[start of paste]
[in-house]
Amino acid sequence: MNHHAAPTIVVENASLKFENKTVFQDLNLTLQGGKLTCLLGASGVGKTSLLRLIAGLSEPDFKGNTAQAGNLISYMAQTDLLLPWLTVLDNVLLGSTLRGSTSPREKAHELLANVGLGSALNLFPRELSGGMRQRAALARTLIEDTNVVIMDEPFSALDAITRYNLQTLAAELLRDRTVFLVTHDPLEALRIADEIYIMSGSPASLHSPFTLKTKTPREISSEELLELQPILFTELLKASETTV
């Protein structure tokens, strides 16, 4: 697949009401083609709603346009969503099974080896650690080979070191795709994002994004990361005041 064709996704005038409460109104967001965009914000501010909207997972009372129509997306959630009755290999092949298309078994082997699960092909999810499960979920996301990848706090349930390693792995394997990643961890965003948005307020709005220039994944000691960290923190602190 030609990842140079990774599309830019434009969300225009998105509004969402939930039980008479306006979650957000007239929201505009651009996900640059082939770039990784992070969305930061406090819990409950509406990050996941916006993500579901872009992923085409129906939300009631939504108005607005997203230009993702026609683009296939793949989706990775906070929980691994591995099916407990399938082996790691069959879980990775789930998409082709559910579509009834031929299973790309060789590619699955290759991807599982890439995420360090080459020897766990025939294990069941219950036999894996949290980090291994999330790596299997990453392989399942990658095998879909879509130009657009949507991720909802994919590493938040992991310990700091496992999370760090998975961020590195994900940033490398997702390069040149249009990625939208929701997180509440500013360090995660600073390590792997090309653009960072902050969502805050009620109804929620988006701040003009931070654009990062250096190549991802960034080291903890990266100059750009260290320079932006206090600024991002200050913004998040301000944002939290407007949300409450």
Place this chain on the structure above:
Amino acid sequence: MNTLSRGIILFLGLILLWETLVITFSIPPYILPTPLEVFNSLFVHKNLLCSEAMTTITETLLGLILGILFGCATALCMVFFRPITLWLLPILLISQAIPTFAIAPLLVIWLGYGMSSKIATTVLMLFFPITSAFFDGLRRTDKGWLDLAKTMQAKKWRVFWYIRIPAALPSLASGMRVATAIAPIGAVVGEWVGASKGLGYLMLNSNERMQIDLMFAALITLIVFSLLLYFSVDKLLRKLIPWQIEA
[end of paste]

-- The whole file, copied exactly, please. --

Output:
[in-house]
Amino acid sequence: MNHHAAPTIVVENASLKFENKTVFQDLNLTLQGGKLTCLLGASGVGKTSLLRLIAGLSEPDFKGNTAQAGNLISYMAQTDLLLPWLTVLDNVLLGSTLRGSTSPREKAHELLANVGLGSALNLFPRELSGGMRQRAALARTLIEDTNVVIMDEPFSALDAITRYNLQTLAAELLRDRTVFLVTHDPLEALRIADEIYIMSGSPASLHSPFTLKTKTPREISSEELLELQPILFTELLKASETTV
């Protein structure tokens, strides 16, 4: 697949009401083609709603346009969503099974080896650690080979070191795709994002994004990361005041 064709996704005038409460109104967001965009914000501010909207997972009372129509997306959630009755290999092949298309078994082997699960092909999810499960979920996301990848706090349930390693792995394997990643961890965003948005307020709005220039994944000691960290923190602190 030609990842140079990774599309830019434009969300225009998105509004969402939930039980008479306006979650957000007239929201505009651009996900640059082939770039990784992070969305930061406090819990409950509406990050996941916006993500579901872009992923085409129906939300009631939504108005607005997203230009993702026609683009296939793949989706990775906070929980691994591995099916407990399938082996790691069959879980990775789930998409082709559910579509009834031929299973790309060789590619699955290759991807599982890439995420360090080459020897766990025939294990069941219950036999894996949290980090291994999330790596299997990453392989399942990658095998879909879509130009657009949507991720909802994919590493938040992991310990700091496992999370760090998975961020590195994900940033490398997702390069040149249009990625939208929701997180509440500013360090995660600073390590792997090309653009960072902050969502805050009620109804929620988006701040003009931070654009990062250096190549991802960034080291903890990266100059750009260290320079932006206090600024991002200050913004998040301000944002939290407007949300409450």
Place this chain on the structure above:
Amino acid sequence: MNTLSRGIILFLGLILLWETLVITFSIPPYILPTPLEVFNSLFVHKNLLCSEAMTTITETLLGLILGILFGCATALCMVFFRPITLWLLPILLISQAIPTFAIAPLLVIWLGYGMSSKIATTVLMLFFPITSAFFDGLRRTDKGWLDLAKTMQAKKWRVFWYIRIPAALPSLASGMRVATAIAPIGAVVGEWVGASKGLGYLMLNSNERMQIDLMFAALITLIVFSLLLYFSVDKLLRKLIPWQIEA